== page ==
• Tue
  • Dec 23, 2014
  • Updated: 7:55am
NewsWorld
INTELLECTUAL PROPERTY

US patent lawsuits hit record level despite moves in Congress to improve system

Courts remain jammed with infringement claims despite moves in Congress to improve system

PUBLISHED : Wednesday, 14 May, 2014, 8:55pm
UPDATED : Thursday, 15 May, 2014, 3:13am

The number of new patent infringement lawsuits in the US rose more than 10 per cent to 6,092 last year despite a 2011 law specifically aimed at reducing patent litigation, according to the analytics group Lex Machina.

The number of actions last year increased 12.4 per cent from 2012 despite the America Invents Act (AIA), which was the most significant overhaul of the patent system in decades.

"If the AIA's intention was to make the patent litigation system predictable and less expensive, it hasn't met those goals yet," said Owen Byrd, lawyer for Lex Machina, which collects and interprets data on patent litigation.

Byrd and Lex Machina chief executive Josh Becker said they believed that the total was a record for infringement actions.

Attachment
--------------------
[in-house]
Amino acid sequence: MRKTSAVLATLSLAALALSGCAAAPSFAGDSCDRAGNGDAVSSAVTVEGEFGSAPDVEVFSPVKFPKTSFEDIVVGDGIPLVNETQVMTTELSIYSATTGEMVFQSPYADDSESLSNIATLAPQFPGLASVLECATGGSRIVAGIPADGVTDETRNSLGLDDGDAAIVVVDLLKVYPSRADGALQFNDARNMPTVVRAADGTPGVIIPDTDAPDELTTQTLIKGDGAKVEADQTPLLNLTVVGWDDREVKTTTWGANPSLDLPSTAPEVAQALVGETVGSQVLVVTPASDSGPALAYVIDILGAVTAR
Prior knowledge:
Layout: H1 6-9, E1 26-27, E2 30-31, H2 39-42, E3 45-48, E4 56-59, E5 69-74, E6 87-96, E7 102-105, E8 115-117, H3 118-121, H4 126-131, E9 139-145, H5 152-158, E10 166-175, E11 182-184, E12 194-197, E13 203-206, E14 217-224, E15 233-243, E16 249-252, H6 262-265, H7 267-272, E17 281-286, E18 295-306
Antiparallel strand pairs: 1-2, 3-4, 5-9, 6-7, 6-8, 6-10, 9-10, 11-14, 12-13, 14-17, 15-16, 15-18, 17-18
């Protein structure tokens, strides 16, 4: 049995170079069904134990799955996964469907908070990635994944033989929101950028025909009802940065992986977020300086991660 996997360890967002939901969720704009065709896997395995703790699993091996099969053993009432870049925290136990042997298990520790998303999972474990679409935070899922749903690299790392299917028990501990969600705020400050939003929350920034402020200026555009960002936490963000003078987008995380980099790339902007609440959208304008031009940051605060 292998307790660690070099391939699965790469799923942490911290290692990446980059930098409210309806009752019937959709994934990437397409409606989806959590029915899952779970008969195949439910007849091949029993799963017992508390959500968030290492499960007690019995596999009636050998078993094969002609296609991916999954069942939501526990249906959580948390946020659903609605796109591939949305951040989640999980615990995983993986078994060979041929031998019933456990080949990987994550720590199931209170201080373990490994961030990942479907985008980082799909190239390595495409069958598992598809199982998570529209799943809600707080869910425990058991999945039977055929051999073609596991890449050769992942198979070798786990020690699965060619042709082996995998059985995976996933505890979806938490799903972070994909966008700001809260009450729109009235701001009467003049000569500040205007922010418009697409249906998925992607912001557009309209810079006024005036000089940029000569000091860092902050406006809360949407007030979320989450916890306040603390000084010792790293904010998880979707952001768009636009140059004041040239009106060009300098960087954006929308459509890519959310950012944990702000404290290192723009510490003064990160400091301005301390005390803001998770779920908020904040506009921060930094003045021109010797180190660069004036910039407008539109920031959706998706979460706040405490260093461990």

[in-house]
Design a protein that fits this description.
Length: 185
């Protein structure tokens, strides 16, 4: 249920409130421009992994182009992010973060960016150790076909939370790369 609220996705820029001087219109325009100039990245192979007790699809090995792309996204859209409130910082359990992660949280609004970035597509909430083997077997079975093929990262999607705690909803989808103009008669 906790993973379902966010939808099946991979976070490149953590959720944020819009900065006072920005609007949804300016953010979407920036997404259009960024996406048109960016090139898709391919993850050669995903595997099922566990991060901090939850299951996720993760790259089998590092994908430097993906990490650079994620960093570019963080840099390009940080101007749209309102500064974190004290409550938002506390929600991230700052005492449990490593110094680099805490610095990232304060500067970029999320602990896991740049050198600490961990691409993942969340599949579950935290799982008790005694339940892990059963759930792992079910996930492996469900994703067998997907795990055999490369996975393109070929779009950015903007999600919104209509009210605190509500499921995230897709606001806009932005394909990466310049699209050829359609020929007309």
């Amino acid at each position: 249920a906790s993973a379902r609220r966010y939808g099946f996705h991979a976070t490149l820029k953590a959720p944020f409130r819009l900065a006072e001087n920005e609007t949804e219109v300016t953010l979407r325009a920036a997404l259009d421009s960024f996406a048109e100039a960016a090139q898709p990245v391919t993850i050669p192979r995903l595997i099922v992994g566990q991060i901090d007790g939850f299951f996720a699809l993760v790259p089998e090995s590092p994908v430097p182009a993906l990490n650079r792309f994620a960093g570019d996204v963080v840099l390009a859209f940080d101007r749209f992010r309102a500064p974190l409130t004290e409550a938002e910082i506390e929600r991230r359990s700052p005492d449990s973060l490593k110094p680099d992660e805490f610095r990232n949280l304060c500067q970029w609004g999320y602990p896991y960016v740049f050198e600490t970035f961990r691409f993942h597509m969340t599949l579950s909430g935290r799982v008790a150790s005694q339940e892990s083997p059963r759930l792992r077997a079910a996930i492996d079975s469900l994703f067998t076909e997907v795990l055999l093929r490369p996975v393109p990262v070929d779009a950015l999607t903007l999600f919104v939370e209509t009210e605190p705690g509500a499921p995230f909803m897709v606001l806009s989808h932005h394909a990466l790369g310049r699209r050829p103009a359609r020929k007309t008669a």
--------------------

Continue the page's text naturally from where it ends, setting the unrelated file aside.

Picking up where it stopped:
The United States Congress is trying again to make changes to the patent system to reduce frivolous litigation, but progress seems to have stalled after a bill was passed in December.

The Lex Machina study found companies such as Apple, Amazon.com AT&T and Google were the most likely to be sued.

The 10 most active plaintiffs were patent assertion entities, which critics disparagingly call patent trolls because they make their money from legal actions and licensing instead of manufacturing.

The top three were Melvino and ArrivalStar; Wyncomm; and Thermolife International. Each filed more than 100 infringement actions, Lex Machina found.

A Texas court continued to attract the most traffic, with 1,495 infringement cases filed there last year, a 20 per cent increase over 2012, according to the study.

A single judge in the state's eastern district had more than 900 cases last year, Lex Machina found.

Companies usually file infringement lawsuits in district courts to win monetary damages and often file a second lawsuit at the US government's International Trade Commission (ITC), which can block infringing products from the US market.

The ITC had seen a big spike in cases filed in 2011, to 70. But the number has fallen to 42 new cases in 2012 and 41 last year.

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